MBA, qualification

With more and more students getting an MBA, is the qualification worth the hard work?

With more than 250,000 students opting for an MBA in the US alone, this expensive qualification leaves many in hope they will manage to obtain a high-flying job in the business world.

An MBA graduate degree involves providing business graduates an education in standard business practices, from accounting to marketing, which in turn aims to increase their analytical and problem solving skills.

In a 2013 Alumni Perspectives Survey by the Graduate Management Admission Council, 92% of respondents claimed that this qualification increased their earning power. Enrolling yourself in a highly acclaimed business school such as Harvard could see your salary rise up to 163% more than your earning potential before the qualification.

Cost and salary expectations

An MBA degree does not come cheap, with schools such as Stanford offering a two year full time course for a whopping $185,054. So, does this investment in education result favourably for graduates moving into the world of work?

In a 2011 Admission Council Alumni Survey, the median salary for MBA holders was $94,542 with 7 out of 10 graduates reporting that their starting salaries was as much as, or more, than they had hoped.

Furthermore, The Graduate Management Admission Council (GMAC) has demonstrated that alumni from graduate management programmes recover 100% of the hefty financial investment in their degree after just four years. Dave Wilson, the CEO of GMAC further explains “these results demonstrate that a graduate management degree is, in fact, a solid investment in your future, both in good and bad economic times”.

Although the initial investment of an MBA can be financially challenging, a 100% ROI after 4 years is minimal compared to the likes of PhD graduates in scientific fields who, on average, only recoup their investment up to seven years later.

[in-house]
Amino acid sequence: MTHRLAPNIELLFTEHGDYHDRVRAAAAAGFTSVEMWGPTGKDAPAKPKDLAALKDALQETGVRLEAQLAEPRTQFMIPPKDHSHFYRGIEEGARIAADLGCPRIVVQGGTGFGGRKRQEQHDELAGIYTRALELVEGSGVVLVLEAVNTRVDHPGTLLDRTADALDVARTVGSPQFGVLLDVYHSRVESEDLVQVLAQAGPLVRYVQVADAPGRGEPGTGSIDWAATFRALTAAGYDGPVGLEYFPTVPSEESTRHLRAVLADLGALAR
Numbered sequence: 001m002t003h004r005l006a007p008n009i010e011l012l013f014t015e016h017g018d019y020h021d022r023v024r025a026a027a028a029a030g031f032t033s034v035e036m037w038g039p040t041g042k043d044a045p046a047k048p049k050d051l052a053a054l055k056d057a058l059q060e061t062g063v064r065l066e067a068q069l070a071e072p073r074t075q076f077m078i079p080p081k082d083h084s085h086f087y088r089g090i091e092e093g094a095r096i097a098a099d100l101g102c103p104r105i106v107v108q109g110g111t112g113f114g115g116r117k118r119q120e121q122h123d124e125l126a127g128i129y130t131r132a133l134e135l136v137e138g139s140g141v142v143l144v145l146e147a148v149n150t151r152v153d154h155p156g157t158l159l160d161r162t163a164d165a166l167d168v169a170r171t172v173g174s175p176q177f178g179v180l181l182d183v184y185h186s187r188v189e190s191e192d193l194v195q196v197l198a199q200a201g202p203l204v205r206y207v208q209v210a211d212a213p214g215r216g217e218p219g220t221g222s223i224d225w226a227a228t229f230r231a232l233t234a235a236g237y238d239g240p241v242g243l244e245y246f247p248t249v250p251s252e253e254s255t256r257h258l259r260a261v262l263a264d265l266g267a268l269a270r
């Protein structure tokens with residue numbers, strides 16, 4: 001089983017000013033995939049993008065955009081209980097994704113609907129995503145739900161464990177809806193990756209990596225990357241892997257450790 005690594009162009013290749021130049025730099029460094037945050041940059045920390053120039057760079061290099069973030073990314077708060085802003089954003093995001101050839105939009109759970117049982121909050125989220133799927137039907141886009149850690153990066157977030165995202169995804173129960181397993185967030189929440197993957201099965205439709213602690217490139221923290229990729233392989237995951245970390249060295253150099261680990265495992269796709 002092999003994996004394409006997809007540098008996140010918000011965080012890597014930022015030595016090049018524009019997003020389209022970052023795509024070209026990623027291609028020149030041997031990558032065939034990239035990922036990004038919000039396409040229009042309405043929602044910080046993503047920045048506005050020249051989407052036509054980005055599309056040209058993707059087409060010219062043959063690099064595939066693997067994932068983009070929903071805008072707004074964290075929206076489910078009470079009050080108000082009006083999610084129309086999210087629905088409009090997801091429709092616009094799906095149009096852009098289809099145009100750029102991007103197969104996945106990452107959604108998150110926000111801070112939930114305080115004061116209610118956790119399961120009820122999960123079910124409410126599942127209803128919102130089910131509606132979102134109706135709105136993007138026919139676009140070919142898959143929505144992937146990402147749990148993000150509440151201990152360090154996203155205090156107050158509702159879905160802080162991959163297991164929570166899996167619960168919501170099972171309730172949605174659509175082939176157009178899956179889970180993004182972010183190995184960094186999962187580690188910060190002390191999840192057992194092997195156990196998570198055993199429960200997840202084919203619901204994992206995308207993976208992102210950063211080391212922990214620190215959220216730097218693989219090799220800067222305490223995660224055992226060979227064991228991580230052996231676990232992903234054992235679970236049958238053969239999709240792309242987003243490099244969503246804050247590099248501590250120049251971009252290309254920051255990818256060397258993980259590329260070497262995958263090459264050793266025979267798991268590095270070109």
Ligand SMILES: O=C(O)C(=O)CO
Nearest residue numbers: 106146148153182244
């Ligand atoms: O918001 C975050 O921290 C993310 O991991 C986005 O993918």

Recession-proof degrees?

Although the return on investment for MBAs is clear, are they really as recession-proof as they make out to be? The employment rate for MBA alumni slipped from 88 percent in 2010 to 86 percent in 2011 and represents an unemployment rate of 14 percent, an eye watering thought when you consider the amount a student may have paid to study an MBA.

Moreover, salary increases also highly depend on the institution where you study for the MBA, as according to the Financial Times Business Rankings, Melbourne Business School and Peking University: Guanghua provide graduates with a salary increase of 64% and 163% respectively.

The qualification, viewed as prestigious by recruiters and academics alike has become increasingly popular in the last decade and is now viewed rather as a commodity on a CV rather than a speciality. Having strong professional work experience in the business world as well as making contacts in the industry is vital in this day and age, where job competition is more ferocious than ever.

Some critics claim that this is more vital than an MBA degree itself, where although the starting salary may be less without one, by proving your abilities in a professional work environment without  the need to apply academic theory to your business acumen, you can reach the salary expectations of those with the qualification.

(Image by KitAy)

Do you think an MBA is an effective way to stand out in the job market? Leave your comments below!